Thursday, November 3, 2011

Peyton Manning Admits Nerve Regeneration Still An Issue, Neck Fusion Has Yet To Heal

On the two-month anniversary of his neck fusion surgery, Peyton Manning made an unexpected visit to the Indianapolis Colts locker room on Thursday.  Reporters gathered to talk to the team then mobbed Manning in a rare interview opportunity.

It was an unusual move for Manning in that he's been incredibly private since his neck surgery in August to fuse two vertebrae and remove a damaged disc that had been impinging on a nerve that controlled the triceps of his throwing arm.

When asked how he was progressing, Manning said this:
Nothing earth-shattering, just two months today since my surgery. Not a whole lot to report. Still waiting for the fusion to take place. That takes place, they thought, between two and three months. Still going slow with that. I still have some of the same issues I had before the fusion as far as the nerves and the regeneration. Still dealing with that, the idea being that this surgery gave me the most stability for the nerves to regenerate. That’s still a process there.

The most serious part of his comments was that there is still quite a bit of concern in regards to his nerve regeneration.  This nerve issue was the real reason why Manning wasn't ready to play when pre-season started.  His throwing arm strength was affected by the damaged nerve controlling his triceps.  The reason for his neck fusion was that the disc started causing more pain, and the doctors then thought that the disc was still causing problems also with this nerve.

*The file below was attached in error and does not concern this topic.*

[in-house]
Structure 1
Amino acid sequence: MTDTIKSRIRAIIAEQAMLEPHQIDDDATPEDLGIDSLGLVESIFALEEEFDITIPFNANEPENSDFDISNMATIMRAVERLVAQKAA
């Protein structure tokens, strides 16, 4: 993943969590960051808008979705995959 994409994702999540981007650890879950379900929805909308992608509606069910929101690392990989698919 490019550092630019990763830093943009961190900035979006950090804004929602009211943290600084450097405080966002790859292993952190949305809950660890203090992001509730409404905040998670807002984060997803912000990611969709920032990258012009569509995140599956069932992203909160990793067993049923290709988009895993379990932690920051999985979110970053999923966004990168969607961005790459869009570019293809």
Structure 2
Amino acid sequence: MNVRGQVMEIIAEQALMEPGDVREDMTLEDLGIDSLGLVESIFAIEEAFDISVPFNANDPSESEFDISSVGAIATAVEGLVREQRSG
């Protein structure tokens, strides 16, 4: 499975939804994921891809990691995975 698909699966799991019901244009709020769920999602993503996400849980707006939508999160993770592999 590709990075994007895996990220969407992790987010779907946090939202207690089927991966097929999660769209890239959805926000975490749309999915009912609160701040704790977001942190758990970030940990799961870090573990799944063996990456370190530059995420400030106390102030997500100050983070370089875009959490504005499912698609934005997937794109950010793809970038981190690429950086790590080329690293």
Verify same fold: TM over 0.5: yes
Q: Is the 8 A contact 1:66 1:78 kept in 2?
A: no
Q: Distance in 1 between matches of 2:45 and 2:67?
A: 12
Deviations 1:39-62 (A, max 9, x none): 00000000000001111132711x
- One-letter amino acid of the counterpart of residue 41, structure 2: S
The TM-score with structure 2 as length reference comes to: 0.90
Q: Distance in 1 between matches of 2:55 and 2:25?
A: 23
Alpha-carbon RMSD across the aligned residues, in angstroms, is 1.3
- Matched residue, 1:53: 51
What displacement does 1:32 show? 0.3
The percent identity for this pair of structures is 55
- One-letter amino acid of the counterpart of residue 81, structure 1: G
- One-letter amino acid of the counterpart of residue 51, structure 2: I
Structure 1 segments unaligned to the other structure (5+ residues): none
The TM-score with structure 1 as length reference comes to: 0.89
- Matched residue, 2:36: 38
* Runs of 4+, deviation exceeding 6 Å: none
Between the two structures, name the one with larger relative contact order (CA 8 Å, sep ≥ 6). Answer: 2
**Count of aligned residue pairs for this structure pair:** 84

I've been saying all along that the keys to getting Manning back on the field were these:

  • Can Manning's damaged nerve regenerate to the point where he can regain the arm strength he once had? That is the wild card, and no one can tell you for sure if this will ever happen.  Nerves can take many months to fully regenerate, and it's quite possible that the Colts will finish their season before Manning is even allowed to take the practice field.
  • Does Manning have more chronic neck problems that have affected his healing, and his prognosis for future neck injuries? He admitted that his new contract with the Colts was a one-year deal with a four-year extension and that he knew when he signed it he was injured.  That's an unusual contract to sign, given that Manning's injury at the time didn't seem to require surgery right away (again, it was a nerve regeneration problem, not the damaged disc).  Could Manning have spinal stenosis, the same neurological condition that cut short the career of his older brother, Cooper?  If he does, then he may know that his future career plans are very tenuous.  No one is going to admit that until after he retires.
For more information, see my earlier blog articles on the subject:

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